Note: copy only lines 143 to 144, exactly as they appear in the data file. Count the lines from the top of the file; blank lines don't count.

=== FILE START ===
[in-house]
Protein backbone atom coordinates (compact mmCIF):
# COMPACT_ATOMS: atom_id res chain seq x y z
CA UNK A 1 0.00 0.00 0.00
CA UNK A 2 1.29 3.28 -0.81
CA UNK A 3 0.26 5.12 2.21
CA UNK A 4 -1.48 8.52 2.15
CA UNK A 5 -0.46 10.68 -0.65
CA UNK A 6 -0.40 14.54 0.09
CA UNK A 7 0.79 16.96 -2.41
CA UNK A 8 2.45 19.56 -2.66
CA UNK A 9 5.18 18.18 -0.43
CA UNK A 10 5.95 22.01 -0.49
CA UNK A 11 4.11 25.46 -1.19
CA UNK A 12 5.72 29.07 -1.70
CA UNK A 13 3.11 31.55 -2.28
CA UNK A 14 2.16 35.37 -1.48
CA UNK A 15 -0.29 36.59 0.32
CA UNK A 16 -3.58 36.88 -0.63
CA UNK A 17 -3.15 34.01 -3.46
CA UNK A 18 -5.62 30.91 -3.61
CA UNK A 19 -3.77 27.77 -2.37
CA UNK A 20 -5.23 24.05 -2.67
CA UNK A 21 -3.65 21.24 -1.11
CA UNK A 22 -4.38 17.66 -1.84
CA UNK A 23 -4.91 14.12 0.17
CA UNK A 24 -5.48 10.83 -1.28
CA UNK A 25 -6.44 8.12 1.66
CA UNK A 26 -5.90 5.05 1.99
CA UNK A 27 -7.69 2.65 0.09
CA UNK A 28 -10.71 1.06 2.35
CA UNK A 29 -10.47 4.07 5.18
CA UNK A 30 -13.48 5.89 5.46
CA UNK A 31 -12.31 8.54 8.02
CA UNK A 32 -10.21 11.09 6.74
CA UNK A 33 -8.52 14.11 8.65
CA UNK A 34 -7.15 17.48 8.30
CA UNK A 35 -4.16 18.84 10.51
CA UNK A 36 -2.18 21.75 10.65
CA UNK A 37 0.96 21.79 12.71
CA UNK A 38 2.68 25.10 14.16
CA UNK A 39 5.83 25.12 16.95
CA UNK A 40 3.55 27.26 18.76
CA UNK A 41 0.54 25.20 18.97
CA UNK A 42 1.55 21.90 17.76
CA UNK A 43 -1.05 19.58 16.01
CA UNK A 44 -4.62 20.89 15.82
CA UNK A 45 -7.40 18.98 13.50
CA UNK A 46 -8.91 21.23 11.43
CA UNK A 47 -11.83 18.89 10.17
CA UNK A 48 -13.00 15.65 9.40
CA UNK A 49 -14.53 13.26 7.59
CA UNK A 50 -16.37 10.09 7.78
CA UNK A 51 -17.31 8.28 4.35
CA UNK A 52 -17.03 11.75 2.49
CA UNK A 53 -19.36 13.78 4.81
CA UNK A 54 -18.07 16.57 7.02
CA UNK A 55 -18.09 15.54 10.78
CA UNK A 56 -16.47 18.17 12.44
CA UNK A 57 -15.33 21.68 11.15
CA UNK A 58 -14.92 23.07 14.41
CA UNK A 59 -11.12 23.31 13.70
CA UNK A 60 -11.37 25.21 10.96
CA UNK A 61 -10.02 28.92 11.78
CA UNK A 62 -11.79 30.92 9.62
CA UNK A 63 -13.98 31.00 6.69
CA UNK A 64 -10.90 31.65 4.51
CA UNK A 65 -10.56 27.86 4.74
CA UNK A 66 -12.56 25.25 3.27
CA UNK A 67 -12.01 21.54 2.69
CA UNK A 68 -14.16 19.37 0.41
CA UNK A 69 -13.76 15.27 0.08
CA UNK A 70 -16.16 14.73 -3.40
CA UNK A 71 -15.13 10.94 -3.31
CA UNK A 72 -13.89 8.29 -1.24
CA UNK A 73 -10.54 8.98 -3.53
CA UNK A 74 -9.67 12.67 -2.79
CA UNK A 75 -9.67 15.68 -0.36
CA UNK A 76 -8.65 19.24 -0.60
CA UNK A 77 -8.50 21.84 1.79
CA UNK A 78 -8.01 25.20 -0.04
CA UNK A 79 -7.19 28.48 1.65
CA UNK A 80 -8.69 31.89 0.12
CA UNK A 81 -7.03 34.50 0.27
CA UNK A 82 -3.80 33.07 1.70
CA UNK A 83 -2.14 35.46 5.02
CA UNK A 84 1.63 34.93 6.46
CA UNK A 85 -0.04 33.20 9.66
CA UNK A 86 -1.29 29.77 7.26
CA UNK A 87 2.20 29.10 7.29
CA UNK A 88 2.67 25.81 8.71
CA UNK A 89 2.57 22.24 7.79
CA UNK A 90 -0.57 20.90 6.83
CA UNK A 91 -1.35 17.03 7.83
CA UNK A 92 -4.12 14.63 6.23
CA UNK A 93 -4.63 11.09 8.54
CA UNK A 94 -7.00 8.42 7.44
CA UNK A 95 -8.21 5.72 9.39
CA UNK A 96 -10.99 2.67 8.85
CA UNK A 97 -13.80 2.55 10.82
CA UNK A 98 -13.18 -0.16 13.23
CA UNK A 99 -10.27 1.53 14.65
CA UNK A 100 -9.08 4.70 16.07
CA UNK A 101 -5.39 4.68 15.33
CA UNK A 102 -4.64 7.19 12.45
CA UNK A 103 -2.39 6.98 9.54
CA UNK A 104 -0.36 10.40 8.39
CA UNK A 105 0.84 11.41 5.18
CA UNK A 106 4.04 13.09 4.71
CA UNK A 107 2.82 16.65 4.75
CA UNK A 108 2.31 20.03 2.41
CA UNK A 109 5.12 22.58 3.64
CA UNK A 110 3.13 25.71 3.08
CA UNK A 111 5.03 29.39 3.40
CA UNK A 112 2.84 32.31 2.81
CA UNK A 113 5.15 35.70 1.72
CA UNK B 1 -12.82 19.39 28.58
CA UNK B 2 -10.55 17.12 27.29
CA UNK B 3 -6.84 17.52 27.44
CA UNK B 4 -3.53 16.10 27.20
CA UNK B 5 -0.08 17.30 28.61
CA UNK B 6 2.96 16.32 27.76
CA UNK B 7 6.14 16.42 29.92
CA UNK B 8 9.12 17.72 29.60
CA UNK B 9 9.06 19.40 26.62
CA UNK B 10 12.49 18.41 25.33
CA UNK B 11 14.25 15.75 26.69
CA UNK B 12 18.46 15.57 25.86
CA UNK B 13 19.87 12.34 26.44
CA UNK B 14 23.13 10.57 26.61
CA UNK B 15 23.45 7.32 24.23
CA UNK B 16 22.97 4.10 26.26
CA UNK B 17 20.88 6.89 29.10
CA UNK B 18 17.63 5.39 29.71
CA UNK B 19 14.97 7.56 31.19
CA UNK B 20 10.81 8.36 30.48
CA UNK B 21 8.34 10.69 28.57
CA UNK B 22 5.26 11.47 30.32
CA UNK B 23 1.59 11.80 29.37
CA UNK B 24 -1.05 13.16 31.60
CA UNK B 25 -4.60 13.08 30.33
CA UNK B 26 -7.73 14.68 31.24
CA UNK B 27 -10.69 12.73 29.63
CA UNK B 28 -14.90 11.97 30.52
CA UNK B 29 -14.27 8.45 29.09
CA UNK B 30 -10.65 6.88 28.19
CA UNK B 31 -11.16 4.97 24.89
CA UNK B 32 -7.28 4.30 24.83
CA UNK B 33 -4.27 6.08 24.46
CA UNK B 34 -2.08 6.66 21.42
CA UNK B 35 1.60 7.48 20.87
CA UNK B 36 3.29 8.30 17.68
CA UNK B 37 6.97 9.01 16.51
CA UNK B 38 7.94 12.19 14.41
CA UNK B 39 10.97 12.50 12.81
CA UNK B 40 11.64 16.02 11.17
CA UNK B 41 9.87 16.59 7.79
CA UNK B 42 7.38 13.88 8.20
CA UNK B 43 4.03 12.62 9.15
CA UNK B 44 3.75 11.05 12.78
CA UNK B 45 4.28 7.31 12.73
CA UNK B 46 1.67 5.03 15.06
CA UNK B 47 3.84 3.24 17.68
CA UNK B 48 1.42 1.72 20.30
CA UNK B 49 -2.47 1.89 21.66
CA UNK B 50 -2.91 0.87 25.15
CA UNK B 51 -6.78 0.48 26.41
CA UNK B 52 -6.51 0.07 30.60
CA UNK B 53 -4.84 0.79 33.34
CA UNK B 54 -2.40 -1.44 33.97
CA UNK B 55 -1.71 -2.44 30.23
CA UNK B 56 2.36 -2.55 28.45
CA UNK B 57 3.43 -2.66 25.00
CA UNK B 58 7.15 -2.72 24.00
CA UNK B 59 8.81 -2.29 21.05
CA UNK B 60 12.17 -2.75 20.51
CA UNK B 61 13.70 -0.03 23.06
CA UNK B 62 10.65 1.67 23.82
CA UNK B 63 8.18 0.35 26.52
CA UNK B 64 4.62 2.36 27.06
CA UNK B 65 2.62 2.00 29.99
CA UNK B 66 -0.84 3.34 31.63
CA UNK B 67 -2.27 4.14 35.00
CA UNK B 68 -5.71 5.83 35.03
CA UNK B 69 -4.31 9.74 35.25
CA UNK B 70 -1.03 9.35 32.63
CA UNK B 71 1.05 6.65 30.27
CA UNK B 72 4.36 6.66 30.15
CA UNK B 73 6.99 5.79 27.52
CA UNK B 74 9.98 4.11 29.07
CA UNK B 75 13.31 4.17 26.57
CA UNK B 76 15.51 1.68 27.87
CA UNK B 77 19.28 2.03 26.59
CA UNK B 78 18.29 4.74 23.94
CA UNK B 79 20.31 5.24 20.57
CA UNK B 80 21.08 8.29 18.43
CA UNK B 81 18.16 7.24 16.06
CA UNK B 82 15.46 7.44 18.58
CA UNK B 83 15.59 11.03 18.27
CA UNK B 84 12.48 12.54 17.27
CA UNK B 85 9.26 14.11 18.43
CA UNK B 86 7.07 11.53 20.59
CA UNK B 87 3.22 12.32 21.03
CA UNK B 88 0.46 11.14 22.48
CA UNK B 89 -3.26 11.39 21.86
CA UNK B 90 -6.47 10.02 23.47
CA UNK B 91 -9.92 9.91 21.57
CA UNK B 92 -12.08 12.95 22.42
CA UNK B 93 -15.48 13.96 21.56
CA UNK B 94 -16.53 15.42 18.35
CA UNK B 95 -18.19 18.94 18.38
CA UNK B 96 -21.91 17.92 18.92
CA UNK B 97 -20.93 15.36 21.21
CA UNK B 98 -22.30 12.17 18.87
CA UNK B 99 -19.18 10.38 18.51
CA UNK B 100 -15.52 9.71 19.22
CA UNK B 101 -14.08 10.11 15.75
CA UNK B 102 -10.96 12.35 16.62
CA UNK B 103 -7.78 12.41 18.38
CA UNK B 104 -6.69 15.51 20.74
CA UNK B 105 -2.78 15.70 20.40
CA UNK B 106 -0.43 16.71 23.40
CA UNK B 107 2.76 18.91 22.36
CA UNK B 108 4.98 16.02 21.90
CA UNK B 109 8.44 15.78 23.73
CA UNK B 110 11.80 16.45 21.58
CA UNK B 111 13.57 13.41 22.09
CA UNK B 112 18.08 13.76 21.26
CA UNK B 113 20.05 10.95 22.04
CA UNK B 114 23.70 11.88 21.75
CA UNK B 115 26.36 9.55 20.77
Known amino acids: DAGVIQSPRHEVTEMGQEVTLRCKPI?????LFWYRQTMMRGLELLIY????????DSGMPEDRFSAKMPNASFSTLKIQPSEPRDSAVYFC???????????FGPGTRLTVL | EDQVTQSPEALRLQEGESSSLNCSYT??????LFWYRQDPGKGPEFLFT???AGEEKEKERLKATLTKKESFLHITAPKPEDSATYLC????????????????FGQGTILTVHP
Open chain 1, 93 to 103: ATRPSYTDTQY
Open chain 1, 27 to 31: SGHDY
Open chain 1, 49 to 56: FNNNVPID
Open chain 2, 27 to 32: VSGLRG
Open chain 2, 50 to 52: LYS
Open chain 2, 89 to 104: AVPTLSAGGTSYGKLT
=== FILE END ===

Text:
CA UNK B 27 -10.69 12.73 29.63
CA UNK B 28 -14.90 11.97 30.52